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Thanks for the responses. Love this forum!


Yes I have a table saw and did consider that as an option. Now that I can see the profile more clearly in the drawing for the router bit I can see how it could be done. I guess I'd need to use a taper jig to make the cuts as they're on an angle. Then use a round over bit (the ones without a bearing).
 

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Your table saw blade tilts. All you need is a solid 90 degree fence.
Stand the wood on its edge, and tilt the saw to the right angle for the cut. Run all the pieces through the saw.
Lay the wood flat, tilt the blade for the second cut to intersect the first cut. Run all the pieces through the saw. Job done.
Make a test cut first on same dimensioned scrap to get the angles and height correct.
 

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Thanks for the responses. Love this forum!


Yes I have a table saw and did consider that as an option. Now that I can see the profile more clearly in the drawing for the router bit I can see how it could be done. I guess I'd need to use a taper jig to make the cuts as they're on an angle. Then use a round over bit (the ones without a bearing).
Using the router bit I suggested does not require a tapered board. The bit profiles the board face like in your original post. Cutting this profile can also be done using a craftsman/corob molding tool (if you have one) using this cutter knife set... #31 Corob Taper Edge Molding Knife — Corob Cutters . To make the roof tile on a table saw, you can make angle profile, but only individual angle cuts (one row to a each board.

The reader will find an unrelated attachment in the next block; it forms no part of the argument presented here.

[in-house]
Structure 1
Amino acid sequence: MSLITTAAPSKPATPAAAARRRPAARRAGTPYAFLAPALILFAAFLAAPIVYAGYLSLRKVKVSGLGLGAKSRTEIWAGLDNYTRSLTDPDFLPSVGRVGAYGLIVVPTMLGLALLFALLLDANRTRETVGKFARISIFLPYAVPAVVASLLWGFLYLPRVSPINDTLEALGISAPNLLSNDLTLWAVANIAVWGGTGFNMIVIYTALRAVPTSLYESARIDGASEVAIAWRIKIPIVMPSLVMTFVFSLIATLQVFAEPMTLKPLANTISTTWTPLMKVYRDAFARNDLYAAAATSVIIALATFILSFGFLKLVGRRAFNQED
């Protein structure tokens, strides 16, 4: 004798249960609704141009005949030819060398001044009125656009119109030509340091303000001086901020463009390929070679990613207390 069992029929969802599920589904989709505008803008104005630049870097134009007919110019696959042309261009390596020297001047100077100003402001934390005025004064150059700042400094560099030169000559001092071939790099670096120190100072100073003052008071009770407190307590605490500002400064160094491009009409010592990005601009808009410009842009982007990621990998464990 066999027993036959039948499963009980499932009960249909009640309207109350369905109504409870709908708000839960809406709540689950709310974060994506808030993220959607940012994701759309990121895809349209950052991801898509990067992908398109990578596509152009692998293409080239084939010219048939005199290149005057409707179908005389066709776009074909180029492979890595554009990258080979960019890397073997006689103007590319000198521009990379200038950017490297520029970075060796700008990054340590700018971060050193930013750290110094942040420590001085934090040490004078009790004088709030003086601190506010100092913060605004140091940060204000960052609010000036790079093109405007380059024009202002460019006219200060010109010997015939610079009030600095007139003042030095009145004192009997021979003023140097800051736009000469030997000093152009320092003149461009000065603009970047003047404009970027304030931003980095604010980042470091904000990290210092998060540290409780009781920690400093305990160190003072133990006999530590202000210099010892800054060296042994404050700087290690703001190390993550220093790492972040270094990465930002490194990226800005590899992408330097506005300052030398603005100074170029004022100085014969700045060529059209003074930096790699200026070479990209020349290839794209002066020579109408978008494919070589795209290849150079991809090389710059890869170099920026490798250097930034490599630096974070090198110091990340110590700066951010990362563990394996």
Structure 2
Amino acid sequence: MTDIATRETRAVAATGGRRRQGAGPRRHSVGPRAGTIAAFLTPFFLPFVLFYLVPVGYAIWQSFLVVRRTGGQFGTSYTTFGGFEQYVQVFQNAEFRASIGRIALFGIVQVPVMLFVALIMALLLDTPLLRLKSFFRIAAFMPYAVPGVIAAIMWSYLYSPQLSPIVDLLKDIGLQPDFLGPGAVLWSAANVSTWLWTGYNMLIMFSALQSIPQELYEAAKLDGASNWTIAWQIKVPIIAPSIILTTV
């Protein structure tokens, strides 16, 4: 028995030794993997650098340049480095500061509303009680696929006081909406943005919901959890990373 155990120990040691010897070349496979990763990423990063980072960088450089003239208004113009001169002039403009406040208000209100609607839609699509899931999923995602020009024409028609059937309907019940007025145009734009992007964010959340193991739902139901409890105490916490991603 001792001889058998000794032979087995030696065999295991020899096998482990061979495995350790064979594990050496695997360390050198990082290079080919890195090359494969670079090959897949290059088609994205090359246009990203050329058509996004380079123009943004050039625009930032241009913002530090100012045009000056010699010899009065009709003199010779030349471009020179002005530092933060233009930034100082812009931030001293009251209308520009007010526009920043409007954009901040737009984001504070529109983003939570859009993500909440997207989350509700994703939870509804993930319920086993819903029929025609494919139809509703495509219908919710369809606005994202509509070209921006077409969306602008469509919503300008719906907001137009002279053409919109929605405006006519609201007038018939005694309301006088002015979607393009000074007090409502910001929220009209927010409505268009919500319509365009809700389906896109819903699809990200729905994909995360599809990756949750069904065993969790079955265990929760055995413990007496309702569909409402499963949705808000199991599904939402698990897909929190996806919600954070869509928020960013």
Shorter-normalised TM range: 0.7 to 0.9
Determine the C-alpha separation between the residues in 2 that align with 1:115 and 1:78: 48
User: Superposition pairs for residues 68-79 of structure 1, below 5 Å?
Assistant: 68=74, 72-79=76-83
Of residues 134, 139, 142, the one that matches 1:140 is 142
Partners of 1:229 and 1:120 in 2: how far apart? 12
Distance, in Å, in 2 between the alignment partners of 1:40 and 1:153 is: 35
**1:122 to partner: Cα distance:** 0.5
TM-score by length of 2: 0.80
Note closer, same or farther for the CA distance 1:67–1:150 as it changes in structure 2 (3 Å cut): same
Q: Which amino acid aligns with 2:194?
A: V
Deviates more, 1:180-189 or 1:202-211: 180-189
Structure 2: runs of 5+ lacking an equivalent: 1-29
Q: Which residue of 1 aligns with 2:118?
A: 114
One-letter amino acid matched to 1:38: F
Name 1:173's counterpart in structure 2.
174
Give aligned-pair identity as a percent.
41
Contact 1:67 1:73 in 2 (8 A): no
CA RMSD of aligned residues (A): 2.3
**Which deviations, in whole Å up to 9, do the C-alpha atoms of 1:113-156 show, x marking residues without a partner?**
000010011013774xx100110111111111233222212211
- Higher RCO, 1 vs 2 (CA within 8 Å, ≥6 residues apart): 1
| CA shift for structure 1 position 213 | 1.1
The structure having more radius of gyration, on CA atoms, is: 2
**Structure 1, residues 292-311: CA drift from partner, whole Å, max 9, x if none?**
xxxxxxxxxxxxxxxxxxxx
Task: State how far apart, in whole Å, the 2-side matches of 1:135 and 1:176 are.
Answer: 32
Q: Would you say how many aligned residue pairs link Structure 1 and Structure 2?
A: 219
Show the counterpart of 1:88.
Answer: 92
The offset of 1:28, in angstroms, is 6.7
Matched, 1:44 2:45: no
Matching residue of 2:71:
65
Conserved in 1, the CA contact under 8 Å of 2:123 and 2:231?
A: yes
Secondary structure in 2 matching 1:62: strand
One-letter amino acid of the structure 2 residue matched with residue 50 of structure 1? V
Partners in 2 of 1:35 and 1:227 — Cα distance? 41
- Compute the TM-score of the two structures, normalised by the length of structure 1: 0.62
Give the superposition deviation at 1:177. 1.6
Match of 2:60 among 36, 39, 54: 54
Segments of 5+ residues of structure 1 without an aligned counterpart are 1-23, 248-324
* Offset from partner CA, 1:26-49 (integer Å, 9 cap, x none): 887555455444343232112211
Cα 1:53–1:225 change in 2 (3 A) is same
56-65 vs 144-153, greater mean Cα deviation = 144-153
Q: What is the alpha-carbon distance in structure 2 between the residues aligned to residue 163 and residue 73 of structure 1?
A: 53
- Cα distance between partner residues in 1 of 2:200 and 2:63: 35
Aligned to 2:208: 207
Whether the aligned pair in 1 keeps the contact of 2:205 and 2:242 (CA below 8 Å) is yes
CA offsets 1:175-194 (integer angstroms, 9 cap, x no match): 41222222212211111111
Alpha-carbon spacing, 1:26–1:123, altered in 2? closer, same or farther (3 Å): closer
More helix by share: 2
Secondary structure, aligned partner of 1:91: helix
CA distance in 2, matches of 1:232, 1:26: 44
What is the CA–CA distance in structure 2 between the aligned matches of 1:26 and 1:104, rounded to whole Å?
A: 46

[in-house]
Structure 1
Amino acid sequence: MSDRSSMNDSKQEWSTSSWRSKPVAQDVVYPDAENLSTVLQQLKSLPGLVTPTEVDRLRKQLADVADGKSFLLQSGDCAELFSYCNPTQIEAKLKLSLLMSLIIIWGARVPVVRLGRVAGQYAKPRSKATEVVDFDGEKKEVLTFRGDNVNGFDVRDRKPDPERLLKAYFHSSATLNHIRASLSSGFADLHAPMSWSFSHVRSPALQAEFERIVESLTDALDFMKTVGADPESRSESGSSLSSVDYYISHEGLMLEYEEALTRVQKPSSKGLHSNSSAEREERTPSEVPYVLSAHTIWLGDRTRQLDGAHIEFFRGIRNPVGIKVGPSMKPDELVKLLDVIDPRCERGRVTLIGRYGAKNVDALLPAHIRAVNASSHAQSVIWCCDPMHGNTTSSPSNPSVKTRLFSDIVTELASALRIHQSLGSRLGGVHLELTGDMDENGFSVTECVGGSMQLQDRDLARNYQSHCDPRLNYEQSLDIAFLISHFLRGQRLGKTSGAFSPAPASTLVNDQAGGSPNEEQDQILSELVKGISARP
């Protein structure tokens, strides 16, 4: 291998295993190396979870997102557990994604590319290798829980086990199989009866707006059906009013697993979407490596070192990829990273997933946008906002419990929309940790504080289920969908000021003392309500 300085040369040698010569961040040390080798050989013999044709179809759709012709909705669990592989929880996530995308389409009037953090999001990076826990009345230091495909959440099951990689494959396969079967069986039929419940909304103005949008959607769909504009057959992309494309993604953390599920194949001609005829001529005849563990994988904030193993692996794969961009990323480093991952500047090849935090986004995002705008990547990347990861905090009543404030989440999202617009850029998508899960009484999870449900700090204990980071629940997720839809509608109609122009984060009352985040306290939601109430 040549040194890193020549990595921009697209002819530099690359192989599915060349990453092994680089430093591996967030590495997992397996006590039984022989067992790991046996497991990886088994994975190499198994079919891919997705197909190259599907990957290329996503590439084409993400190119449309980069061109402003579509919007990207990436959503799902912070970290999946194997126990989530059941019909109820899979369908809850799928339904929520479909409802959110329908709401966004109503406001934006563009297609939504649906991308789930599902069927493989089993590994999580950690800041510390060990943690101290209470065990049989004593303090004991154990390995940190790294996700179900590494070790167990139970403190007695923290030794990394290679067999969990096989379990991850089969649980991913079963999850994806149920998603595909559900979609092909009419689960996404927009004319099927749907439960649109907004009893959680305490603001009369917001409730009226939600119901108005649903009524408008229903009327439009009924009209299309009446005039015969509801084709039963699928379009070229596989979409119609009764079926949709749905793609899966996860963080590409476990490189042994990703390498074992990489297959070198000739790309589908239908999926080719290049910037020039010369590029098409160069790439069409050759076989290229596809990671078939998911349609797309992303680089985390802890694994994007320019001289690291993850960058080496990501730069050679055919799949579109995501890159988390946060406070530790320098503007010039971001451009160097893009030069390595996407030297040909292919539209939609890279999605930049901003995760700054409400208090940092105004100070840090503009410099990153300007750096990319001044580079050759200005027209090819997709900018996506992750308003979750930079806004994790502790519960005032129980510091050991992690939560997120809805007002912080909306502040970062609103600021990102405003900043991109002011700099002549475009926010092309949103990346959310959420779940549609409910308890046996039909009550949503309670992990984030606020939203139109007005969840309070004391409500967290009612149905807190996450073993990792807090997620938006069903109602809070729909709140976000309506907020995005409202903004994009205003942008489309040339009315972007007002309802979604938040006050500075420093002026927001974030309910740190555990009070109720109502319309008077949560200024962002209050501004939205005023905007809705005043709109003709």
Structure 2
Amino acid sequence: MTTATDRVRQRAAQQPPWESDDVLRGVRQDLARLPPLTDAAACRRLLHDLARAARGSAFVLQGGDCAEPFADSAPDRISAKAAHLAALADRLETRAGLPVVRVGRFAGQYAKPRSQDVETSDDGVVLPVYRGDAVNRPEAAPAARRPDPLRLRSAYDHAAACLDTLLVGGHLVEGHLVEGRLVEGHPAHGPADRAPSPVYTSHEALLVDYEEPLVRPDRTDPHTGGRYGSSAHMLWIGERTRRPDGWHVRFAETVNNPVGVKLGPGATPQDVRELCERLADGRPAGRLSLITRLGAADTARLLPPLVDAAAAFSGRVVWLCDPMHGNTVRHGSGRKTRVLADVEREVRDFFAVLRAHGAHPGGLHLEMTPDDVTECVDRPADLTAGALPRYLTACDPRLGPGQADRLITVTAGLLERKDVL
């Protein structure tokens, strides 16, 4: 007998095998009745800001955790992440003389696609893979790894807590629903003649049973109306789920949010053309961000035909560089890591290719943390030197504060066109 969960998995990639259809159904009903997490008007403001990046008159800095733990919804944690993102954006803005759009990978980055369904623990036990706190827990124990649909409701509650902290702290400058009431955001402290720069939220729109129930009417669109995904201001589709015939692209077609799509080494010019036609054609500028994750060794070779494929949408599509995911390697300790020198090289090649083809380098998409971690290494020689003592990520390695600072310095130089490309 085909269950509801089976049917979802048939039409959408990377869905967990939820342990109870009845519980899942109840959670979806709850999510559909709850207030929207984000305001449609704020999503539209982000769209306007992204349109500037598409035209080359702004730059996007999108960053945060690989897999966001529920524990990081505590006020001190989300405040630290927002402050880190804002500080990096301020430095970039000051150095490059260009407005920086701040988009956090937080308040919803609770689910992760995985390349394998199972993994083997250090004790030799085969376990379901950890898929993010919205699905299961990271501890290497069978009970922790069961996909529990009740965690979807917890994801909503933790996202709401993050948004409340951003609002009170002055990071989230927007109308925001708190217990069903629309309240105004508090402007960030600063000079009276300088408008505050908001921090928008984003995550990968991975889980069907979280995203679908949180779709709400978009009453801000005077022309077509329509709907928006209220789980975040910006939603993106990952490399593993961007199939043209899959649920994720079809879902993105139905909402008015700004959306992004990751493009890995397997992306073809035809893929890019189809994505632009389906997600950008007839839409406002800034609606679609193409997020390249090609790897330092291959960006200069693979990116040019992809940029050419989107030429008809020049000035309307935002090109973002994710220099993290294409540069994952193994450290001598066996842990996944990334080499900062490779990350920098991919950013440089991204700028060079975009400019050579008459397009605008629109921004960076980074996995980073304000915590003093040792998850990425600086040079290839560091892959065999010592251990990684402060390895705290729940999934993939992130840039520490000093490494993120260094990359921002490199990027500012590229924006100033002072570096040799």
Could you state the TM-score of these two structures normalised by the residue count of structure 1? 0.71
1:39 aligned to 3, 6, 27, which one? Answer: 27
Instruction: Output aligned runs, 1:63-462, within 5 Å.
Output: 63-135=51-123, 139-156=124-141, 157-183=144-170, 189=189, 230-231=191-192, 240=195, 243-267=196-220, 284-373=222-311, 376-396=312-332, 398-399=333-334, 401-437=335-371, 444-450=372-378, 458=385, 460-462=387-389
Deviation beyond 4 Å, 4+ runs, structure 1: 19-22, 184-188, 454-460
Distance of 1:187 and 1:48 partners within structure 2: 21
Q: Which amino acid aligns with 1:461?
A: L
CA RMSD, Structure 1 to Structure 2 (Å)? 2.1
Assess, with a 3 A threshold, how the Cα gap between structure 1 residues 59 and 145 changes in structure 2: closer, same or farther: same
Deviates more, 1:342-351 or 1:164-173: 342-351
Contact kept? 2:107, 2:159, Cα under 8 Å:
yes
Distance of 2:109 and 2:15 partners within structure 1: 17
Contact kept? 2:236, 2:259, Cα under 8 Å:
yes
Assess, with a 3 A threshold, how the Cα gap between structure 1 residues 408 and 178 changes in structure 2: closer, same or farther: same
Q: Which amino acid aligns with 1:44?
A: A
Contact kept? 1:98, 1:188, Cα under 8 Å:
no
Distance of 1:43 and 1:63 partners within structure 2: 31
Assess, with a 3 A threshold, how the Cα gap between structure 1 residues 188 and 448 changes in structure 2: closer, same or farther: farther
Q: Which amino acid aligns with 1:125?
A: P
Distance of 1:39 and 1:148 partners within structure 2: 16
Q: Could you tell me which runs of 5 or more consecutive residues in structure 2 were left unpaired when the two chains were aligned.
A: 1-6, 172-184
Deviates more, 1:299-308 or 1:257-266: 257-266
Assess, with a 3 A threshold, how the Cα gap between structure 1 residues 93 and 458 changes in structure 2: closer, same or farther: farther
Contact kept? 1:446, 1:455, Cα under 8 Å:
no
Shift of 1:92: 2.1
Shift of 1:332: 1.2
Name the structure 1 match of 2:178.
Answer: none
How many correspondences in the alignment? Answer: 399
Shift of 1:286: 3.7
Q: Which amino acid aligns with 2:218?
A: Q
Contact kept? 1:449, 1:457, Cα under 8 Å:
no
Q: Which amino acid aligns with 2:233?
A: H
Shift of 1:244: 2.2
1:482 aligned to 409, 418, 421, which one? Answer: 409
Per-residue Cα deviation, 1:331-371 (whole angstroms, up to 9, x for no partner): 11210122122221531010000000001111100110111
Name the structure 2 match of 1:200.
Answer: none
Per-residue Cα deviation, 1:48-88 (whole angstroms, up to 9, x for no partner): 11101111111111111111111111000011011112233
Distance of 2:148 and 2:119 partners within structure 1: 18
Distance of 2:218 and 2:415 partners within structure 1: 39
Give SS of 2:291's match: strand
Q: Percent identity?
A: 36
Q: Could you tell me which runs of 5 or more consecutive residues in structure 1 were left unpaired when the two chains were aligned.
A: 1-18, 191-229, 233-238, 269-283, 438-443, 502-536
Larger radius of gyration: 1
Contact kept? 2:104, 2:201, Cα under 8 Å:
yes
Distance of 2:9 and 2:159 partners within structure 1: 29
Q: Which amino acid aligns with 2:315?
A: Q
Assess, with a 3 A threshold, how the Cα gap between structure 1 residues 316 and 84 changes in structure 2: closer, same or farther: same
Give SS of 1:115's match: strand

To make multiple rows, use the router bit I suggested on a router table, set up with feather board and a push block to make each board with multiple profiles. Once you make a profile into your board... you can cut the rebate to interlock the roof together. The router bit cuts a total depth of 3/16" (very shallow), and you could route the pattern into long boards, then cut to length for assembly. I think the profile you originally posted was done with the router bit I posted.
 
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